TEL AVIV (Jul. 19)
A Palestine Liberation Organization leader who surrendered himself to Israeli forces in Lebanon, said on a radio interview that he was proud of the PLO’s diplomatic successes but ashamed of its terrorist tactics.
Assod Sulieman Abdul-Kadr, a close associate of PLO chief Yasir Arafat and El Fatah commander in south Lebanon, told Israel Radio Arab Affairs correspondent Aharon Bornea, ” I am not saying this because I am now in your hands. I have always felt this way.” Speaking in English in the taped interview broadcast Saturday, he said he had advised Arafat to leave Beirut with the rest of his men.
A “new era has begun which the Israelis’ misnamed ‘Peace for Galilee’ campaign … There is now a new reality and the death of neither a single Palestinian or Israeli can solve our problems … There’s now a new situation. We need a transitional period,” he said.
The question now, according to Abdul-Kadr was where to go. “Our generation had done what was required of it — I have been in this struggle for 18 years and any soldier is entitled to retire.”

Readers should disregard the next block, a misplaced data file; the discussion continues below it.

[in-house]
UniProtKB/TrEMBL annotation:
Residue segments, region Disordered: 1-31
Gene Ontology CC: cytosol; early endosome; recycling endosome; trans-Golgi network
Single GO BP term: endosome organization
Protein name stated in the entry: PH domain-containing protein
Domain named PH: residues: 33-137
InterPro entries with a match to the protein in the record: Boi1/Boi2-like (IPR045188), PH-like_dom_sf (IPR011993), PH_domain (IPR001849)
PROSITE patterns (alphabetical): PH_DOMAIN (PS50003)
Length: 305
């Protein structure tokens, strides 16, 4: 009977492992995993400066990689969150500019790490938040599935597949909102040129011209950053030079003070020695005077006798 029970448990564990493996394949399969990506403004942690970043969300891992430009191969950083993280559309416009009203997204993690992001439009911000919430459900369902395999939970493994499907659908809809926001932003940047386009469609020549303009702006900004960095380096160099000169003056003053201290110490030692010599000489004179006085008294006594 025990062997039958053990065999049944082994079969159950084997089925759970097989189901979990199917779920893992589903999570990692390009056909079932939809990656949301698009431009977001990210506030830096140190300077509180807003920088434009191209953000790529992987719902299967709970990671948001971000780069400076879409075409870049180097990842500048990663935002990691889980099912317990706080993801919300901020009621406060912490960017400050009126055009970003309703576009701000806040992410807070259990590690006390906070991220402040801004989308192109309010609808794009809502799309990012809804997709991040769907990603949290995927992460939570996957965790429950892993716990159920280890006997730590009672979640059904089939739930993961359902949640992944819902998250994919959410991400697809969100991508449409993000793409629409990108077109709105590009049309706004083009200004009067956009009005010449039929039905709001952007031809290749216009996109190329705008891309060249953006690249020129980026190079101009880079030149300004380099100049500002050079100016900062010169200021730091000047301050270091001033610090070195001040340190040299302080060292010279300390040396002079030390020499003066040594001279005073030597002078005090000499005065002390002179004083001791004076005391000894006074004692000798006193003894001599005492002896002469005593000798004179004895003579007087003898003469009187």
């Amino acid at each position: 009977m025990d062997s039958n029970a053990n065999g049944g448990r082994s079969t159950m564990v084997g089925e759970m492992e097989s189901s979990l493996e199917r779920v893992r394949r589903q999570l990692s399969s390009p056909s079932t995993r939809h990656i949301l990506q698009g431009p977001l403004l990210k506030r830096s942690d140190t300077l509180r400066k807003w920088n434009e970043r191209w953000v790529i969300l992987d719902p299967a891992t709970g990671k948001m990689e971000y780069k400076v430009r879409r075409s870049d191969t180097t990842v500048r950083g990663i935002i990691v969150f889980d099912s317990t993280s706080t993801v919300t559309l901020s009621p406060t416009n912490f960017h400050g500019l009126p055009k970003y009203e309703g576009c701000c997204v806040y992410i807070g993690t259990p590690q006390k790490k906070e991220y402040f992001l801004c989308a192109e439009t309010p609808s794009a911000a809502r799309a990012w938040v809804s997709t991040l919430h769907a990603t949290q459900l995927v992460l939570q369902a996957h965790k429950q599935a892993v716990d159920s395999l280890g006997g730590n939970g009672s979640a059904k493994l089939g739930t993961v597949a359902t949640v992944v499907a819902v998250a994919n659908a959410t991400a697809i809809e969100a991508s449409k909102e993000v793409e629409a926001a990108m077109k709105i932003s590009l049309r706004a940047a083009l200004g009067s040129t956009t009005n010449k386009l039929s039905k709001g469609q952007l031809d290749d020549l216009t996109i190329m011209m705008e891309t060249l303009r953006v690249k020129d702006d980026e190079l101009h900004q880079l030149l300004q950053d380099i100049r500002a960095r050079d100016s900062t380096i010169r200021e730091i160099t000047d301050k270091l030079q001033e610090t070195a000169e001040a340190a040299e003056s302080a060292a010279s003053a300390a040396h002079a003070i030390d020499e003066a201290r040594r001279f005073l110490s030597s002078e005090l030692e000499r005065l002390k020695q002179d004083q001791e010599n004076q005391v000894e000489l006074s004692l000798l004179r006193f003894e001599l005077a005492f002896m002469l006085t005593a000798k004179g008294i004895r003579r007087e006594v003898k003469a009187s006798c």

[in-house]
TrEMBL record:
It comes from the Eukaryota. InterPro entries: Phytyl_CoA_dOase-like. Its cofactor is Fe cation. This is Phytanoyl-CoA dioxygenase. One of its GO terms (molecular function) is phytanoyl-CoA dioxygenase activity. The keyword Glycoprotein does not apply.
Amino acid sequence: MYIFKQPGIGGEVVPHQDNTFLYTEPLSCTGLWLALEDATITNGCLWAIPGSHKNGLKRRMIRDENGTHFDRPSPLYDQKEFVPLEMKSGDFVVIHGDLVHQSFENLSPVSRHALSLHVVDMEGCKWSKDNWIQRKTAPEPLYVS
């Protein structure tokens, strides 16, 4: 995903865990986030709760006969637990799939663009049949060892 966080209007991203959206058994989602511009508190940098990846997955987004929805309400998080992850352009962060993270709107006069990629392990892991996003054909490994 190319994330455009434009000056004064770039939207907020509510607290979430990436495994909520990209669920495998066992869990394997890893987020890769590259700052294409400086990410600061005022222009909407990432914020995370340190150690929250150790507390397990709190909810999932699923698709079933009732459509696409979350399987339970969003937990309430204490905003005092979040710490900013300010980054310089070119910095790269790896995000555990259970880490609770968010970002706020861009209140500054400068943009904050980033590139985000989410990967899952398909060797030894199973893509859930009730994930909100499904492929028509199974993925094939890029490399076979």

TALKS ABOUT HIS BACKGROUND
Abdul-Kadr, who used the PLO code name of Salah Ta-Amri, the name of the Bedouin tribe of his ancestry, said he knew and worked with Arafat since both were students in Cairo in 1965 when they established El Fatah together. The organization became the mainstream of the PLO. Abdul-Kadr said he had been the Fatah commander in the Jordanian town of Karame when it was destroyed by Israeli forces in 1968 and fled to Lebanon with the PLO after the Jordanian army ousted the Palestinians in the “Black September” campaign of 1970.
In Lebanon, Abdul-Kadr said, he had been in command of the Fatah youth organization, training youngsters between the ages of 10-16. When Israel invaded Lebanon last June 6, he was in Beirut with his wife but returned immediately to PLO headquarters in Sidon. When the Israelis overran that town, he hid in the orange groves, moving from place to place until he decided to give himself up.
He said he made that decision because he did not want to endanger the “good people who befriended me, giving me food and whose children stood guard to warn me of approaching searchers.” He said his sister brought food to his hiding places until she was wounded in the leg.